Chemistry - Topic 2

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Actions of Atoms-->Ions
Metals lose electrons to form cations, non-metals gain electrons to form anions. Do this to gain electron configuration of the nearest noble gas
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Ionic Compounds
Ions arrange in a giant ionic lattice. Held together by strong electrostatic forces of attraction. Bond strength affected by charge and radii
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Properties of Ionic Compounds
hard, brittle, high melting+boiling points, soluble in polar solvents, conduct in solution
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Define Covalent Bonding
the electrostatic forces of attraction between +vely charged nuclei and the pair of electrons that they share
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Covalent bonds can form between....
(1) atoms of the same element (2) non-metals (3) one element in Group 4 (4) top-of-the-group elements
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Define Lone Pair
a pair of electrons in the outer shell of an atom involved in a covalent bond
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Define Dative Covalent Bond
a covalent bond formed when one atom supplies both electrons that are shared, the other atom accepts both into a vacant orbital
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Bond length + Bond strength
depends on the size of atoms + the number of electron pairs. Larger atoms form longer bonds as they have more electrons that shield the nuclei and reduce attraction. Single bonds are longer than triple bonds. strength varied inversely to length
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Simple Molecular Structures (intra+intermolecular forces)
Intramolecular forces are strong (covalent). Intermolecular forces are weak.
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Properties of Simple Molecular Structures
gases/liquids/soft solids at room temp. low mp + bp. do not conduct. soluble in non-polar solvents.
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The Expansion of the Octet
Phosphorous has 3p3, and has 3 unpaired electrons that want to form 3 covalent bonds. It also has 5 empty 3d orbitals, and a full 3s orbital. It moves an electron from the 3s to the 3d, forming 5 unpaired electrons.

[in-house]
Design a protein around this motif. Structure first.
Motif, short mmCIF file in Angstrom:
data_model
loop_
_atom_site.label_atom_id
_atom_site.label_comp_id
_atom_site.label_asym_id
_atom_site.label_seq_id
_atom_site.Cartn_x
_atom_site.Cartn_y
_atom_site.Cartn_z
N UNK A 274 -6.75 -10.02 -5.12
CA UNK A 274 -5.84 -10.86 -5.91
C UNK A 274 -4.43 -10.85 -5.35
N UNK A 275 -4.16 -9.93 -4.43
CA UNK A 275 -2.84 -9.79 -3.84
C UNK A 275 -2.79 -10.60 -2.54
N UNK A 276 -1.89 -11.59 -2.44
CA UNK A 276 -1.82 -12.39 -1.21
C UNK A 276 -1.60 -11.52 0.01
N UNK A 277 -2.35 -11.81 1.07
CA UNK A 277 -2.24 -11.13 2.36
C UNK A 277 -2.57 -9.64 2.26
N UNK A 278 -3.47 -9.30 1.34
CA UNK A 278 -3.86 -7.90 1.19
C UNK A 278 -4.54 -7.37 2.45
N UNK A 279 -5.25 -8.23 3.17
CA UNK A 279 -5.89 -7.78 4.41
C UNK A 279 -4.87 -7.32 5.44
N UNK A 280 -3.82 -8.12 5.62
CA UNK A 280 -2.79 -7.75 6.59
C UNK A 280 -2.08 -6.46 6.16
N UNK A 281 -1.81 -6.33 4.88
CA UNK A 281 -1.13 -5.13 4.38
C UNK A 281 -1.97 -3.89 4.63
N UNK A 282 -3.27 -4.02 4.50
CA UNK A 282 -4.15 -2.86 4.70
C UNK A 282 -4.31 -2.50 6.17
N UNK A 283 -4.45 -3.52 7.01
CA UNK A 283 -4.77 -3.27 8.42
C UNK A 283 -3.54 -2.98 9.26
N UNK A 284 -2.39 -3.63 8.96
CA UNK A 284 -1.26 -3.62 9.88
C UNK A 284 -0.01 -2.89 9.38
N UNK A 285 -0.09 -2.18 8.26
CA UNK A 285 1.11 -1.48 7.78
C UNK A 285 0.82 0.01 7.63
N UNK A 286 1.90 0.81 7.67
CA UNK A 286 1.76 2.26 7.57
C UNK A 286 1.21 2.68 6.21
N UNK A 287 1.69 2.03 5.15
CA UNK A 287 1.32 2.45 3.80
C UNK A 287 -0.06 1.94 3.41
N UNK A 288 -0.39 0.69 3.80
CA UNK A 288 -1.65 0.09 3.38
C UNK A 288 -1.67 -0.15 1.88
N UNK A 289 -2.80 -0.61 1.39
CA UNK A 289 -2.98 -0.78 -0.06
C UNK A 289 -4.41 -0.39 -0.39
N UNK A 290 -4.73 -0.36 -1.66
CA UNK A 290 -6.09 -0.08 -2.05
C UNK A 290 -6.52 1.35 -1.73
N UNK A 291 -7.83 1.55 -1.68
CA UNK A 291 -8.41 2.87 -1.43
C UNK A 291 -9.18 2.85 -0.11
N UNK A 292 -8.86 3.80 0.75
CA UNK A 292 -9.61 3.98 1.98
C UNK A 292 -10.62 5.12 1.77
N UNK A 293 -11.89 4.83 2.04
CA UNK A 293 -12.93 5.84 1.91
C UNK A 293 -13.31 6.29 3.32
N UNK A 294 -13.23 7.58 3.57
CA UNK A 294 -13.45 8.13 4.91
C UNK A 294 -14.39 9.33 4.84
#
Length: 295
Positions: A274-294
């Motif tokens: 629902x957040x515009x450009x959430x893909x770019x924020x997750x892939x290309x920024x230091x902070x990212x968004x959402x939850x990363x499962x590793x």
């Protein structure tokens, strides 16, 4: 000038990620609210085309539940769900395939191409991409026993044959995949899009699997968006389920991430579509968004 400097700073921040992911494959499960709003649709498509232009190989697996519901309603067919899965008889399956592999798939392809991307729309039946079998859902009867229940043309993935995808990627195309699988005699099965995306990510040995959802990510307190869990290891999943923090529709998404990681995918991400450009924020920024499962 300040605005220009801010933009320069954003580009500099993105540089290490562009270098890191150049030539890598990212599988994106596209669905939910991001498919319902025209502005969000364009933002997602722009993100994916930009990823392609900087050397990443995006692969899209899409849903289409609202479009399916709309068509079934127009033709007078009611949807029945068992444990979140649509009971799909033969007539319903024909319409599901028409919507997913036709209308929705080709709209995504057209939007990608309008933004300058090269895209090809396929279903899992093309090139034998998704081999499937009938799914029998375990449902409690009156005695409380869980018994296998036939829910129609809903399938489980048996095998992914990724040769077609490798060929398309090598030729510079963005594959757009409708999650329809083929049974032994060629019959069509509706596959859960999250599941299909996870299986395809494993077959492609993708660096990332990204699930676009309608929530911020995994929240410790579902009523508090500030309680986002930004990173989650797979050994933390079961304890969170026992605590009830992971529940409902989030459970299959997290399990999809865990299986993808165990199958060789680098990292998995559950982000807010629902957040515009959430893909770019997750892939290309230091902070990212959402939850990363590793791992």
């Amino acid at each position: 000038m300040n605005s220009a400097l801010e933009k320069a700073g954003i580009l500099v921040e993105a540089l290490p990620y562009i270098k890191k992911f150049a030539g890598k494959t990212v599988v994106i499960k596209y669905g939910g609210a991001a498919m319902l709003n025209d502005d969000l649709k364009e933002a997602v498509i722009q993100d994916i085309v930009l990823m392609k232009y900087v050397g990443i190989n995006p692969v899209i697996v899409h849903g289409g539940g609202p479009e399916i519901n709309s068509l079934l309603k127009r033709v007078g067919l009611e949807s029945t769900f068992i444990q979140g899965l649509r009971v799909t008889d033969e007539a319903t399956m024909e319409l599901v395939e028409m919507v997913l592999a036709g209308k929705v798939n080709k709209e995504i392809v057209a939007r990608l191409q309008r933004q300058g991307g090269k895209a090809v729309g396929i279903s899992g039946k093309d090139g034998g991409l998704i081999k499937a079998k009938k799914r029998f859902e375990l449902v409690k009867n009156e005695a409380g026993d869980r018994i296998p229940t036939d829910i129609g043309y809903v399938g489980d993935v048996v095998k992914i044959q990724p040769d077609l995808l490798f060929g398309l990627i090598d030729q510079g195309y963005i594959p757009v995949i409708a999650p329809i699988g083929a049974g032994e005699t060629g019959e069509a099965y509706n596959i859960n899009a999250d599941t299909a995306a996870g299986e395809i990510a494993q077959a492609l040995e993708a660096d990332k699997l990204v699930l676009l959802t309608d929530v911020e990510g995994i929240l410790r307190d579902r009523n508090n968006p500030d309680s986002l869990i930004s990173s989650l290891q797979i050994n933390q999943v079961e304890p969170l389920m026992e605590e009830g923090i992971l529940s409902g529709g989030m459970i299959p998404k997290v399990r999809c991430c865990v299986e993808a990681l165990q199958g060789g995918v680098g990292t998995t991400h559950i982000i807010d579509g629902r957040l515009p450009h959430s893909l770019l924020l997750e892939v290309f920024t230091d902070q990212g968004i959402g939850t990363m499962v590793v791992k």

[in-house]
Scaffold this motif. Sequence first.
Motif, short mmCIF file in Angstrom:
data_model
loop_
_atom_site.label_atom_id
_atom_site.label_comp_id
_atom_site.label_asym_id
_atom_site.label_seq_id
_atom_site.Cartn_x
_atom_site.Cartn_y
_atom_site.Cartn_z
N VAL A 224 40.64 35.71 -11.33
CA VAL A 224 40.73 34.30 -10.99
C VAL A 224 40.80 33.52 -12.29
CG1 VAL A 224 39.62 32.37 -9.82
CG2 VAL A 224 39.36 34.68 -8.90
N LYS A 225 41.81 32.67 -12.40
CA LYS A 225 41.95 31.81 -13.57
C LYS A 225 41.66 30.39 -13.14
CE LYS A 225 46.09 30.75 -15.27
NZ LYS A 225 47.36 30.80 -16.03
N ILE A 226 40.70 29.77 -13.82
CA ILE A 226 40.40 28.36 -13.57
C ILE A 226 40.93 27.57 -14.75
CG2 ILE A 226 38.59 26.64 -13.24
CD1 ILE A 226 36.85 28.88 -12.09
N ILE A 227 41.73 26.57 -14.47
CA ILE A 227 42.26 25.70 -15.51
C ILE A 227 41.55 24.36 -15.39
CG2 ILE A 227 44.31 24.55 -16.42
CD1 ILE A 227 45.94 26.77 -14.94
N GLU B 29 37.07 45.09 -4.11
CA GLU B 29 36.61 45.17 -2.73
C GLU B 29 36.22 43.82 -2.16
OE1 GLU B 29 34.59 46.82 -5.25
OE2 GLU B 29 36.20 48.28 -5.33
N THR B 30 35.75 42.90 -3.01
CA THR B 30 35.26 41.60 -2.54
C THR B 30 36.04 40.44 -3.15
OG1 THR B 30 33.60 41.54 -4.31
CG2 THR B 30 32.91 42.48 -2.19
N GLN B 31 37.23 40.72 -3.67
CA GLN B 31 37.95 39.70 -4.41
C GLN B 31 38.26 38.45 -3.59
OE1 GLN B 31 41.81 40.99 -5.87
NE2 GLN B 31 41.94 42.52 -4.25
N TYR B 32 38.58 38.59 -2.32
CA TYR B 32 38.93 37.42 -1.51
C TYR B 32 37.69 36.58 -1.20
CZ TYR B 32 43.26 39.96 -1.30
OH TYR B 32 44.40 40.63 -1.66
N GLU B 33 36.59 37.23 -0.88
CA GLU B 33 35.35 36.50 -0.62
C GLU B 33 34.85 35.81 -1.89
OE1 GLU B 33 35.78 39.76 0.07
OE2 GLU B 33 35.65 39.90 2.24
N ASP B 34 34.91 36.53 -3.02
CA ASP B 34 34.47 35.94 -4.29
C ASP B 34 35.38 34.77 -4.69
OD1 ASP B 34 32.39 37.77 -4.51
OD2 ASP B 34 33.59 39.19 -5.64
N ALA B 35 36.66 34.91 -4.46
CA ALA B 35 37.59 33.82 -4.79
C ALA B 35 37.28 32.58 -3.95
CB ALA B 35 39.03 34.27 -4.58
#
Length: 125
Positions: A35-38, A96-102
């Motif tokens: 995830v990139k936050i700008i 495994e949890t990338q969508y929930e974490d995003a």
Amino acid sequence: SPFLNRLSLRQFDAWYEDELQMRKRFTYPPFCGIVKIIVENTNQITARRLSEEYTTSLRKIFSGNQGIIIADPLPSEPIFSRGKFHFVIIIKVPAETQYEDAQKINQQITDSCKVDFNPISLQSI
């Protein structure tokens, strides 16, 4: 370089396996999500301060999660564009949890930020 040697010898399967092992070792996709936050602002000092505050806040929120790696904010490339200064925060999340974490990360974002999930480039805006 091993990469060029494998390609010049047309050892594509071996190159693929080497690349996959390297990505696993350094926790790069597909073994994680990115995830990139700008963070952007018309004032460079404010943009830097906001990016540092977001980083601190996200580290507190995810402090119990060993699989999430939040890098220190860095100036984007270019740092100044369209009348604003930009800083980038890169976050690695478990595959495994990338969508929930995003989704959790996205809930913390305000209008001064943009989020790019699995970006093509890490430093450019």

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Define Bond Angle
the angle between 2 covalent bonds in a molecule or giant covalent structure.
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Define isoelectronic molecules
molecules and ions that have exactly the same number + arrangement of electrons
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lone-lone , lone-bonding , bonding-bonding - strength of repelling effect
lone-lone > lone-bonding > bonding-bonding
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Define Electronegativity
the ability of an atom to attract the bonding electrons in a covalent bond. in a polar bond, the shared electrons are pulled towards the more electronegative atom
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Electronegativity 1
If the 2 atoms in a covalent bond are the same, the bond is purely covalent. If the two atoms are different, the pair of electrons are not shared equally. The nucleus of one atom attracts the electrons more strongly than the other.
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Define polar covalent bond
bonds between atoms of different elements. the shared electrons are pulled towards the atoms with the strongest pull. has a dipole.
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Electronegativity (EN) 2
In this case, one end of the bond is slightly -ve, and vice versa. It is a polar covalent bond.
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Electronegativity trends
EN increases going across a period as the nuclear charge increases, shielding is constant, so attraction increases. EN decreases going down a group as despite nuclear charge increasing, there is an increase in shielding.
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The Pauling Scale
Goes from 0 to 4. Increases along a period and across a group. compare electronegativity quantitively.
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Factors affecting EN
(1) shielding (2) atomic radii (3) nuclear charge
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Define Polar Molecules
molecules that contain polar bonds which do not cancel each other out, so the whole molecule is polar
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Polar Molecules
Little electrical dipoles (2 oppositely charged ends). they line up in an electric field. The bigger the dipole, the bigger the twisting effect.
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Define Intermolecular forces
weak attractive forces between molecules.
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Define Intramolecular forces
relatively strong covalent bonds linking the atoms in molecules
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Define London forces
the intermolecular forces that exist between all molecules. they arise from the attractions between temporary instantaneous dipoles and the fleeting dipoles they induce in nearby molecules
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London Forces
when non-polar atoms/molecules meet, there are fleeting repulsions and attractions between the nuclei and the surrounding clouds of electrons. temporary displacements of the electrons lead to temporary dipoles. +ve poles induce -ve poles.